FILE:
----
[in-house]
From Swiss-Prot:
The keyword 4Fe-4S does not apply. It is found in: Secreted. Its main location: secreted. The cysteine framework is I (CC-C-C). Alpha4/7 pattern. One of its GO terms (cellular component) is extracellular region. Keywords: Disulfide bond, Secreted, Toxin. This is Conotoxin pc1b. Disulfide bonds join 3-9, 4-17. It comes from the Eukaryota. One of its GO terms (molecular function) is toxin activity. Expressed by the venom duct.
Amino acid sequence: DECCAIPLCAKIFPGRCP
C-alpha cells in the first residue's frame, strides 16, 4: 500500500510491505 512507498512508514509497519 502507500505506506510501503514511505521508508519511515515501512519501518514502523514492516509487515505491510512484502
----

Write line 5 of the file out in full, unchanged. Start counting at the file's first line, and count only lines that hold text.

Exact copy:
C-alpha cells in the first residue's frame, strides 16, 4: 500500500510491505 512507498512508514509497519 502507500505506506510501503514511505521508508519511515515501512519501518514502523514492516509487515505491510512484502